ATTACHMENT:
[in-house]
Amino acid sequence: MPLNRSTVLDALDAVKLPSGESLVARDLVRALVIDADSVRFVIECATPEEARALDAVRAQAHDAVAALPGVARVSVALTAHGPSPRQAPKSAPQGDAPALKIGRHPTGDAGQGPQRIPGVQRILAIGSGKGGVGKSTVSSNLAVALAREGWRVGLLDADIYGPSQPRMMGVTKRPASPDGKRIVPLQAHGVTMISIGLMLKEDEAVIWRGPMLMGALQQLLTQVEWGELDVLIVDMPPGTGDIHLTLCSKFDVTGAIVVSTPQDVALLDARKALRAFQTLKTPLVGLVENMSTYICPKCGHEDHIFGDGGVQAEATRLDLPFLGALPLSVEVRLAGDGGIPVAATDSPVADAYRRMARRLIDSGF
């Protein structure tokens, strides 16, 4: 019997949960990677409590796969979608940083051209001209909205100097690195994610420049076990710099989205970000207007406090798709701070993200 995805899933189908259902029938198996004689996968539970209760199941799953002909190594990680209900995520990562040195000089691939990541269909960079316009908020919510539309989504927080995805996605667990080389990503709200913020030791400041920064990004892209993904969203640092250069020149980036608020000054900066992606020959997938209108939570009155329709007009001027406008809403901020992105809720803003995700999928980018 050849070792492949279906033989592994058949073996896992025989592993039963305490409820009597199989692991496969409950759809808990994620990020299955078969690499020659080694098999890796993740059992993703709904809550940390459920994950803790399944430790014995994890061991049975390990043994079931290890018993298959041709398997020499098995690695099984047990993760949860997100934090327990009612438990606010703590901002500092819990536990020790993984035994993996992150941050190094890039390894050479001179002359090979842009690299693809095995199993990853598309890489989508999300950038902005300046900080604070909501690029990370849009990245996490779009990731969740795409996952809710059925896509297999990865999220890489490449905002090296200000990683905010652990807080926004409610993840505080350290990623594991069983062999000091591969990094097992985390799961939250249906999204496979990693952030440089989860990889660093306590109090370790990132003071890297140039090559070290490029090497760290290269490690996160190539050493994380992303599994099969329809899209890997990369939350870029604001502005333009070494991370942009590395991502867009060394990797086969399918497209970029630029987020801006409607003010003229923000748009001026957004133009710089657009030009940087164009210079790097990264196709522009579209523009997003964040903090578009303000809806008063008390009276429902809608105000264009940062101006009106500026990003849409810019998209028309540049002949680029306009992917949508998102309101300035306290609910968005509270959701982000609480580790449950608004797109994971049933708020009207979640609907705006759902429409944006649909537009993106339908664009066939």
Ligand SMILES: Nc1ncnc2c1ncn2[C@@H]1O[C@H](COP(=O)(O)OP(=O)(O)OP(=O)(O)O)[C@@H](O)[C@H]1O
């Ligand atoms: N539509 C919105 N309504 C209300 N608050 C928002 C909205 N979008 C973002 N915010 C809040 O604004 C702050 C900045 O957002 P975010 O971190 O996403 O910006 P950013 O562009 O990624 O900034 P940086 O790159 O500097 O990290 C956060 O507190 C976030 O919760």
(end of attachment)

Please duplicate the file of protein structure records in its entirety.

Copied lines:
[in-house]
Amino acid sequence: MPLNRSTVLDALDAVKLPSGESLVARDLVRALVIDADSVRFVIECATPEEARALDAVRAQAHDAVAALPGVARVSVALTAHGPSPRQAPKSAPQGDAPALKIGRHPTGDAGQGPQRIPGVQRILAIGSGKGGVGKSTVSSNLAVALAREGWRVGLLDADIYGPSQPRMMGVTKRPASPDGKRIVPLQAHGVTMISIGLMLKEDEAVIWRGPMLMGALQQLLTQVEWGELDVLIVDMPPGTGDIHLTLCSKFDVTGAIVVSTPQDVALLDARKALRAFQTLKTPLVGLVENMSTYICPKCGHEDHIFGDGGVQAEATRLDLPFLGALPLSVEVRLAGDGGIPVAATDSPVADAYRRMARRLIDSGF
């Protein structure tokens, strides 16, 4: 019997949960990677409590796969979608940083051209001209909205100097690195994610420049076990710099989205970000207007406090798709701070993200 995805899933189908259902029938198996004689996968539970209760199941799953002909190594990680209900995520990562040195000089691939990541269909960079316009908020919510539309989504927080995805996605667990080389990503709200913020030791400041920064990004892209993904969203640092250069020149980036608020000054900066992606020959997938209108939570009155329709007009001027406008809403901020992105809720803003995700999928980018 050849070792492949279906033989592994058949073996896992025989592993039963305490409820009597199989692991496969409950759809808990994620990020299955078969690499020659080694098999890796993740059992993703709904809550940390459920994950803790399944430790014995994890061991049975390990043994079931290890018993298959041709398997020499098995690695099984047990993760949860997100934090327990009612438990606010703590901002500092819990536990020790993984035994993996992150941050190094890039390894050479001179002359090979842009690299693809095995199993990853598309890489989508999300950038902005300046900080604070909501690029990370849009990245996490779009990731969740795409996952809710059925896509297999990865999220890489490449905002090296200000990683905010652990807080926004409610993840505080350290990623594991069983062999000091591969990094097992985390799961939250249906999204496979990693952030440089989860990889660093306590109090370790990132003071890297140039090559070290490029090497760290290269490690996160190539050493994380992303599994099969329809899209890997990369939350870029604001502005333009070494991370942009590395991502867009060394990797086969399918497209970029630029987020801006409607003010003229923000748009001026957004133009710089657009030009940087164009210079790097990264196709522009579209523009997003964040903090578009303000809806008063008390009276429902809608105000264009940062101006009106500026990003849409810019998209028309540049002949680029306009992917949508998102309101300035306290609910968005509270959701982000609480580790449950608004797109994971049933708020009207979640609907705006759902429409944006649909537009993106339908664009066939």
Ligand SMILES: Nc1ncnc2c1ncn2[C@@H]1O[C@H](COP(=O)(O)OP(=O)(O)OP(=O)(O)O)[C@@H](O)[C@H]1O
């Ligand atoms: N539509 C919105 N309504 C209300 N608050 C928002 C909205 N979008 C973002 N915010 C809040 O604004 C702050 C900045 O957002 P975010 O971190 O996403 O910006 P950013 O562009 O990624 O900034 P940086 O790159 O500097 O990290 C956060 O507190 C976030 O919760």